Pubdate: Sun, 28 Jul 2002
Source: Montgomery Advertiser (AL)
Copyright: 2002 The Advertiser Co.
Author: John Leofsky


Chills run down my spine from reading news of Operation Clean-up and the 
use of unprecedented police force.

Our police are now using large black vehicles and virtually invisible dark 
uniforms. This does not make me feel safer. If someone wearing black is 
moving around my neighborhood, my first thought won't be that these are 
respectable officers of the court and they are coming to protect me.

Perhaps I should just count my blessings and look the other way. After all, 
they probably won't be used in Winton Blount's backyard near Woodmere, just 
in the "townships" of the west side of the city.

The dark emphasis didn't trouble me as much as the fact that the police 
operation was conducted at the request of a real estate developer, in fact, 
the same one who developed my neighborhood.

I don't want to have a police helicopter overhead for three hours before 
midnight. I don't want to watch as armed uniforms conduct house-to-house 
searches of my neighbors. I believe we have a crime problem. The problem is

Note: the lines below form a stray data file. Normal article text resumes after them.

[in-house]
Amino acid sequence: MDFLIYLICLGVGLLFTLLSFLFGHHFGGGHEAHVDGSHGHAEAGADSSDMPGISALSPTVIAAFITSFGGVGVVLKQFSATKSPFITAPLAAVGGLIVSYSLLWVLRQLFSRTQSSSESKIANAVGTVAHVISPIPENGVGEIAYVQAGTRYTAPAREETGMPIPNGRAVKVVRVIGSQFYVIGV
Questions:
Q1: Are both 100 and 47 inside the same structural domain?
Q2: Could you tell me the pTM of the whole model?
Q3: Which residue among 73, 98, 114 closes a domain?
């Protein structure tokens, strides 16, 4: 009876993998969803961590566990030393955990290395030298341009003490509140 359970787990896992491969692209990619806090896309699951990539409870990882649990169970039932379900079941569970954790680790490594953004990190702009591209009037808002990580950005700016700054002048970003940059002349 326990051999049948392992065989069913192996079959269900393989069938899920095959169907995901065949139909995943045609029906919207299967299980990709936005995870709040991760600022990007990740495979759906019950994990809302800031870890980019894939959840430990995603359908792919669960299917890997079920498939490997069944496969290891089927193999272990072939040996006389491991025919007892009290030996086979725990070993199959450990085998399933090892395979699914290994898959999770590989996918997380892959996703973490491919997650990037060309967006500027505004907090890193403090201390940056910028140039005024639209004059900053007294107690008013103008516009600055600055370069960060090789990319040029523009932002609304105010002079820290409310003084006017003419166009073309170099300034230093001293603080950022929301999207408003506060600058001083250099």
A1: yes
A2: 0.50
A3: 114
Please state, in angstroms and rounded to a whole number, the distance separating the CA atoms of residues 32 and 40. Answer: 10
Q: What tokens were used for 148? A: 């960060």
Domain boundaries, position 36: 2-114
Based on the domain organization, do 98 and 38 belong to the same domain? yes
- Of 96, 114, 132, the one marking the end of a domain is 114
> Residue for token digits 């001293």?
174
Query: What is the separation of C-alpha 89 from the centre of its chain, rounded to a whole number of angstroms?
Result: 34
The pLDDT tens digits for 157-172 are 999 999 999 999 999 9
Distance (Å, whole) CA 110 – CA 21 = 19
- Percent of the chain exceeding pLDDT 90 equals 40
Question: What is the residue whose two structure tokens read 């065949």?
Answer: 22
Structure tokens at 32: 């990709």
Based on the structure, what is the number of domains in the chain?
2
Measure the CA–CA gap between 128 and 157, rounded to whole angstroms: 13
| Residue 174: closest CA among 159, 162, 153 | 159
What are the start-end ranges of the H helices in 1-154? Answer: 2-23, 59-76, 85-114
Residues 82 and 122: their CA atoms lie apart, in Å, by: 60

we ignore boardroom criminals and go after too many easy targets, such as 
marijuana users.

I wish we would spend a comparable amount of resources on white-collar 
crime. I've lost thousands of dollars and been hurt by that over recent 
months far worse than any personal crimes in my life combined. The minor 
drug violations and other petty offenses seem like a questionable prize for 
use of such massive police resources.

There is a trade-off for such protection. We are losing constitutional 
rights, sacrificing them for short-term peace of mind. What if a newly 
armed store clerk mistakes one of these policemen for a thug?

The newspaper stated this was an operation to "prevent crime before it 
occurred." Did someone in the mayor's office take the movie "Minority 
Report" a little too seriously?

I urge our elected representatives to rethink this approach.

John Leofsky

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